Skip to: Content
Skip to: Site Navigation
Skip to: Search

Facebook caught starting smear campaign about Google

Facebook was caught red handed using a PR firm to try to spread negative news stories about Google through the mainstream press.

By BARBARA ORTUTAYAssociated Press / May 13, 2011

Facebook escalates rivalry with Google: The intense rivalry between Facebook and Google just got juicier as characters behind the latest Silicon Valley drama evoked talk of smear campaigns, secret clients and even Richard Nixon. It took a once-secret blogger, known as Fake Steve Jobs, to help sort it all out.

Paul Sakuma/AP


The intense rivalry between Facebook and Google just got juicier.

Skip to next paragraph

In a twist seemingly out of a Hollywood thriller, Facebook hired a prominent public relations firm to try to plant stories harshly criticizing Google's privacy practices in leading news outlets. The efforts backfired when the firm approached a blogger who not only declined the assignment, but also went public with the offer.

The latest Silicon Valley drama has also evoked chatter of smear campaigns, secrecy and even Richard Nixon. It took the once-secret blogger known as Fake Steve Jobs to help sort it all out.

One lesson: If you're going to write an incriminating email, don't. Pick up the phone instead.

Here's another:

"If you are out there planting negative stories, you are feeding the conflict," said Larry L. Smith, president of the Institute for Crisis Management, a public relations company. "When they get in a shoving match, whoever is perceived by the public to be the bully loses in the public eye."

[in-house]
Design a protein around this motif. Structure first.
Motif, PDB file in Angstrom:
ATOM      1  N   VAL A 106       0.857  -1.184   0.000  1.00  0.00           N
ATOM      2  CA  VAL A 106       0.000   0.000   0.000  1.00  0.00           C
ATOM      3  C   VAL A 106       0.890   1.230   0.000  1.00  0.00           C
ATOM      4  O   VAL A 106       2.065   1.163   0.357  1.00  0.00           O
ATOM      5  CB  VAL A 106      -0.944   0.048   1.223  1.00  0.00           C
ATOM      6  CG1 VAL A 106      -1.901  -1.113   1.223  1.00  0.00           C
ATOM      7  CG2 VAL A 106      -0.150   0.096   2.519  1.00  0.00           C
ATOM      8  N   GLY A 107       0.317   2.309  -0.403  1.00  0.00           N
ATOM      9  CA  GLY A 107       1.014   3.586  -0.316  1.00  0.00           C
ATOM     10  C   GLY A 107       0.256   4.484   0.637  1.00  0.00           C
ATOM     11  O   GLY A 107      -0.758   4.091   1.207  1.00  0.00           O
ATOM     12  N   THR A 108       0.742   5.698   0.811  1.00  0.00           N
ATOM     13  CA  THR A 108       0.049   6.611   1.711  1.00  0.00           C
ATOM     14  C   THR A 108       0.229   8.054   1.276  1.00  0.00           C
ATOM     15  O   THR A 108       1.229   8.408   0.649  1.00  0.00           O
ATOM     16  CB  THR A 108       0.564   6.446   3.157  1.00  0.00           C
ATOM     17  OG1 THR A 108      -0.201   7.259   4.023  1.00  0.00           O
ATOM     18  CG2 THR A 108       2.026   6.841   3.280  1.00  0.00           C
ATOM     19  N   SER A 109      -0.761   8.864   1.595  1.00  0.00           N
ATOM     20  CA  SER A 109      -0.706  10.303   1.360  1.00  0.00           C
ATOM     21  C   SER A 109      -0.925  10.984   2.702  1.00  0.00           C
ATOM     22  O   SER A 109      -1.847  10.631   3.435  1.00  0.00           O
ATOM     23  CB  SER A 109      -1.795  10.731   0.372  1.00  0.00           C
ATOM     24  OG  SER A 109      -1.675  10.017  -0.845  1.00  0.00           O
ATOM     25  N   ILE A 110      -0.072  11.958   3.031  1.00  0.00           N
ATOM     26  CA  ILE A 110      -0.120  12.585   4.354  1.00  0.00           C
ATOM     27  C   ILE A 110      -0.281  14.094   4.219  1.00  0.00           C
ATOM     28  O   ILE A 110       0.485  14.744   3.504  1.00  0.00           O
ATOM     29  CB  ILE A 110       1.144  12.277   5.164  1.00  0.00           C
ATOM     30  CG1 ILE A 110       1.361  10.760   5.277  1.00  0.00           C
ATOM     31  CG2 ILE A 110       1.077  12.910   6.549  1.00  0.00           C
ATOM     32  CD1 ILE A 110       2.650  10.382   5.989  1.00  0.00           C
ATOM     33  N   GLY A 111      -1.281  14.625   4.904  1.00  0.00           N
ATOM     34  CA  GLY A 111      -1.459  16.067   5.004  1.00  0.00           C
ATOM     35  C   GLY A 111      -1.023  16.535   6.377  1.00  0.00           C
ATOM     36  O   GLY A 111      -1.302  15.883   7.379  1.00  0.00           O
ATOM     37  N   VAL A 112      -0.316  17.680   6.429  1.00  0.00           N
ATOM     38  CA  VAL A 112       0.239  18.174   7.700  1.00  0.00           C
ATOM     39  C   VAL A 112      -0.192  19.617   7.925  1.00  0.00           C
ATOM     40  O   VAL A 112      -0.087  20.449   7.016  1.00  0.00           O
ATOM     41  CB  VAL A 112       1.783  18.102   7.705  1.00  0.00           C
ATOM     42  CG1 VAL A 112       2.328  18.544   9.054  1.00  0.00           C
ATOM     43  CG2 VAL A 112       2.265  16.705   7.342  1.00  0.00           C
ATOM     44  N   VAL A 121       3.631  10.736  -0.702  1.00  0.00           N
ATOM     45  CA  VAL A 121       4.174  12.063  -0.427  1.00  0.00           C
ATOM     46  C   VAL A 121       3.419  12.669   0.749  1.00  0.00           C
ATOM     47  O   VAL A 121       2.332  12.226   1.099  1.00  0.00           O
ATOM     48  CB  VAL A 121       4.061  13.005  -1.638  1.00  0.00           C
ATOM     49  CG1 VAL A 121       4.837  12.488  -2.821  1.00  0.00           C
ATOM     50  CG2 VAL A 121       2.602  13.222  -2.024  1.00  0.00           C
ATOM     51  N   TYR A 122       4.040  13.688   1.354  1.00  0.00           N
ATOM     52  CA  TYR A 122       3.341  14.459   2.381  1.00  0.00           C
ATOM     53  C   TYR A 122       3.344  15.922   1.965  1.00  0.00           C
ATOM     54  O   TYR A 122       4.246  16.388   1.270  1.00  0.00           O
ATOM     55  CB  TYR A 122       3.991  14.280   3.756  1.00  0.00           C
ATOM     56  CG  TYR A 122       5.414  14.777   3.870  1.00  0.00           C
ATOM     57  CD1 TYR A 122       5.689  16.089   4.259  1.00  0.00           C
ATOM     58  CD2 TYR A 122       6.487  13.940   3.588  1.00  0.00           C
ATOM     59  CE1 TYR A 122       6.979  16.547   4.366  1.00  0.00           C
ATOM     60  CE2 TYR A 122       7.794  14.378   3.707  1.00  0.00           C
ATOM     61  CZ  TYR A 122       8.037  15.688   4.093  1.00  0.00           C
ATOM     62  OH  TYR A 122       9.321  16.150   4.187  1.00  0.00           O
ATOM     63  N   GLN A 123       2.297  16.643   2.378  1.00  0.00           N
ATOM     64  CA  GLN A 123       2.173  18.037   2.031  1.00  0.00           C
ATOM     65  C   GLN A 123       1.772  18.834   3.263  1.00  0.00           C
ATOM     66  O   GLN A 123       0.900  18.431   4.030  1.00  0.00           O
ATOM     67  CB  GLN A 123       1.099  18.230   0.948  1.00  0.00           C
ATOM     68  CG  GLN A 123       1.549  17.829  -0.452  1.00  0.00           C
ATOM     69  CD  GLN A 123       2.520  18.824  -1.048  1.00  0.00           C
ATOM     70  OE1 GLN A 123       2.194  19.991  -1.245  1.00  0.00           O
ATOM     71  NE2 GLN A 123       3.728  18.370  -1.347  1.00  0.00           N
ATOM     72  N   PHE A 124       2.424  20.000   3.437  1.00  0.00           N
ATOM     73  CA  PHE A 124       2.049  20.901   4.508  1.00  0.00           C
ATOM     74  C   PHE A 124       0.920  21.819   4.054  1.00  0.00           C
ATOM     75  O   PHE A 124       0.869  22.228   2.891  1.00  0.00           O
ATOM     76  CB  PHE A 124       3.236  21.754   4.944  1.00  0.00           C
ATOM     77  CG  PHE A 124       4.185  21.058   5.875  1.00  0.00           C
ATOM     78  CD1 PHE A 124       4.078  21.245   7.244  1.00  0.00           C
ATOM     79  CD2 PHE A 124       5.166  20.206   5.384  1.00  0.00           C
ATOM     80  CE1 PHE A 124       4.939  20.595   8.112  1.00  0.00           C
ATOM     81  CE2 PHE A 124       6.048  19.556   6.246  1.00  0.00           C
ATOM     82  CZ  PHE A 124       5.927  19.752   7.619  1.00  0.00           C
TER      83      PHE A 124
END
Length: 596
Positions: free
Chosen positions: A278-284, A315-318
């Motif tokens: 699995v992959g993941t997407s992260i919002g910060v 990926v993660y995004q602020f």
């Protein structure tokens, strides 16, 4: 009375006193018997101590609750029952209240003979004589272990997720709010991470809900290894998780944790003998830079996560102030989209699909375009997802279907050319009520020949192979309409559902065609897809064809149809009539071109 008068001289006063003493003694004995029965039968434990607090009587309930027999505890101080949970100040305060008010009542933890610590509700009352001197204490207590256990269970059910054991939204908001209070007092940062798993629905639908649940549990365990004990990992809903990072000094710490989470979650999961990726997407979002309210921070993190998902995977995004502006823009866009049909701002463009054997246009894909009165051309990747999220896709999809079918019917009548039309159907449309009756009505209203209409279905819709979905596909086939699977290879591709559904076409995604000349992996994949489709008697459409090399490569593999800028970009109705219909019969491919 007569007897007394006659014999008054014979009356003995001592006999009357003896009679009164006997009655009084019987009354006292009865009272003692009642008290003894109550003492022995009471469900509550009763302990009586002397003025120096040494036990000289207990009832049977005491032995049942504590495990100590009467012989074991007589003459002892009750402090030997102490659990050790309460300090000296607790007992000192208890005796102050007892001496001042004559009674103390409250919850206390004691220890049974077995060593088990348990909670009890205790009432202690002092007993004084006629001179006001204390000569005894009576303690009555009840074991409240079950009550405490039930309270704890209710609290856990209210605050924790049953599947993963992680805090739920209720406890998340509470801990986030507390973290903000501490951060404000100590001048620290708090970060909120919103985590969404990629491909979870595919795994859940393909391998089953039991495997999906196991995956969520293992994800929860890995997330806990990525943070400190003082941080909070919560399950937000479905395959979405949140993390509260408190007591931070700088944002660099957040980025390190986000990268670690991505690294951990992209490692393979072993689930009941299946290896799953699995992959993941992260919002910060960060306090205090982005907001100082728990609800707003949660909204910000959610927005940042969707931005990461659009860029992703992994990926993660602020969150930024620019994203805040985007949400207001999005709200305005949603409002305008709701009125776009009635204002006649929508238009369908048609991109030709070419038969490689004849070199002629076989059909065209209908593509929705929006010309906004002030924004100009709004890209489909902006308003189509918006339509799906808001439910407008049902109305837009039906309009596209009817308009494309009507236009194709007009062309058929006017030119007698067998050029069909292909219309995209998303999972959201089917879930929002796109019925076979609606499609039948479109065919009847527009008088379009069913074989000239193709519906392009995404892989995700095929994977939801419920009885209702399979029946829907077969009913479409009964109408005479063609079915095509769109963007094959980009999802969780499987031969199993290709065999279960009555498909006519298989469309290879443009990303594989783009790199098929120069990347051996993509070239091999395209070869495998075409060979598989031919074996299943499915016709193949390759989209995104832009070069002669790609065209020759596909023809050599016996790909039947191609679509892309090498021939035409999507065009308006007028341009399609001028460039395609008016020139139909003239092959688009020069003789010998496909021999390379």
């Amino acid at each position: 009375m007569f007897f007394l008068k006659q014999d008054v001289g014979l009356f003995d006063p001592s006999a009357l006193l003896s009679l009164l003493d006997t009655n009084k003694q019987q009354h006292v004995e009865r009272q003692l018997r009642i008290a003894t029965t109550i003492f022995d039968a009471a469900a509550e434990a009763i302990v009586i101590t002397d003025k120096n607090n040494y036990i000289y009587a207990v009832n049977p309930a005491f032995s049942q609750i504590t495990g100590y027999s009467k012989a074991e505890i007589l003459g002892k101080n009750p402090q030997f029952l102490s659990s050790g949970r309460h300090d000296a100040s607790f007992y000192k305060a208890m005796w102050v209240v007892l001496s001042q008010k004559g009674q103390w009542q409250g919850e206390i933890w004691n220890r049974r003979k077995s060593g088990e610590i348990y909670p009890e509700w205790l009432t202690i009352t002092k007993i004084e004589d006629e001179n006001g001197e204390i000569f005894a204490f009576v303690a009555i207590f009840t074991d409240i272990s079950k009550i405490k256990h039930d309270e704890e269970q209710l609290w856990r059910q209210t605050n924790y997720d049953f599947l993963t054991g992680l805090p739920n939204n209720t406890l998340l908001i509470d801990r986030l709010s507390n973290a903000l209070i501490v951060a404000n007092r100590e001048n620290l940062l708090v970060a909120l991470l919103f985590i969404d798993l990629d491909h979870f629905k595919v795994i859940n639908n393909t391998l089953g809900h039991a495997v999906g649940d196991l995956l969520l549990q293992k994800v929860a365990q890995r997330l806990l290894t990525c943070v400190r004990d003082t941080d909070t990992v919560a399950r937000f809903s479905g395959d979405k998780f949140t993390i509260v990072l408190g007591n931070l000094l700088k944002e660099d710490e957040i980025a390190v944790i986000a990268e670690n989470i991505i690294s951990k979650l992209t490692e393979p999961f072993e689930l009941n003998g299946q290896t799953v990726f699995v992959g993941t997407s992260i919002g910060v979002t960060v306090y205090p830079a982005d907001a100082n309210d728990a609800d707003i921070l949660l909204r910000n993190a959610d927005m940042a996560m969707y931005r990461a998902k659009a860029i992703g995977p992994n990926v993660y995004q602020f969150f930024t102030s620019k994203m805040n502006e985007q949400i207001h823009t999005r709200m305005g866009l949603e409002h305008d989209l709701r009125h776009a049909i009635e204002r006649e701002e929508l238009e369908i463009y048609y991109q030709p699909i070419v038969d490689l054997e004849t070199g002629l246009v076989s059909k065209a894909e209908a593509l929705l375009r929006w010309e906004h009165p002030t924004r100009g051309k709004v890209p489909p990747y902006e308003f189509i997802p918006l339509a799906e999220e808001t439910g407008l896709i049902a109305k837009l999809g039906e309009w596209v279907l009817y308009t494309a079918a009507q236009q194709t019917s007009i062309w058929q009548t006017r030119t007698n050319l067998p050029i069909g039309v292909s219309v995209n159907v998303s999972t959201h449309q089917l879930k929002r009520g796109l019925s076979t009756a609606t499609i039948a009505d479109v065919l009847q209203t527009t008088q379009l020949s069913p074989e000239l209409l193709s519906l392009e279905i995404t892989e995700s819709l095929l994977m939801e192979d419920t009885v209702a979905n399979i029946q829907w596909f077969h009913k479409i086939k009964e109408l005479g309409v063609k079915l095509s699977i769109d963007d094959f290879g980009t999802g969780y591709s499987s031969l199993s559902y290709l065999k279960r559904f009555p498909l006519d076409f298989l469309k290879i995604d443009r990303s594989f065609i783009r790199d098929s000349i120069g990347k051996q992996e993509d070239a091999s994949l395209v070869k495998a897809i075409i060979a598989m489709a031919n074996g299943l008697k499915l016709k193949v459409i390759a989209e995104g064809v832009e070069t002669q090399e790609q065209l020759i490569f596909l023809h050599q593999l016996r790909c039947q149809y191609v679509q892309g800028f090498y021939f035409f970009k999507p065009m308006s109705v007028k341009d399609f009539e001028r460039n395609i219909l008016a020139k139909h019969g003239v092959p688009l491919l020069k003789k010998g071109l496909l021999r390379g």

Rather than getting news outlets to circulate stories about privacy problems facing Google, Facebook found itself having to answer questions about why it wanted to maintain secrecy.

Facebook said it never authorized or intended to run any smear campaign against Google. Rather, the company said it hired Burson-Marsteller to prompt investigations into how a new Google service called Social Circle collects and uses data about people. In a statement, Facebook said it should have made it clear that it was behind the efforts.

Burson-Marsteller said Facebook had requested that its identity remain secret "on the grounds that it was merely asking to bring publicly available information to light." The firm said that violated its own policies, "and the assignment on those terms should have been declined."

Not that it was.

Facebook's efforts to stay anonymous — something that violates the terms of service for users of its site — began to unravel when Burson-Marsteller contacted blogger Christopher Soghoian, an Indiana University graduate student well known in online privacy and security circles.

The firm's John Mercurio asked Soghoian if he wanted to write an item for "a top-tier media outlet" blasting Google for what Mercurio calls a "sweeping violation of user privacy." Soghoian asked for the identity of the firm's client, but Mercurio wouldn't reveal it. Soghoian then posted the email exchange online.

Burson-Marsteller, meanwhile, also pitched USA Today. Instead of running with the planted story, USA Today published an article on the "PR firm's attack of Gmail privacy."

It took Newsweek tech editor Dan Lyons to figure out that Burson-Marsteller's mystery client was not Apple or Microsoft, as some murmurs went, but Facebook.

Read Comments

View reader comments | Comment on this story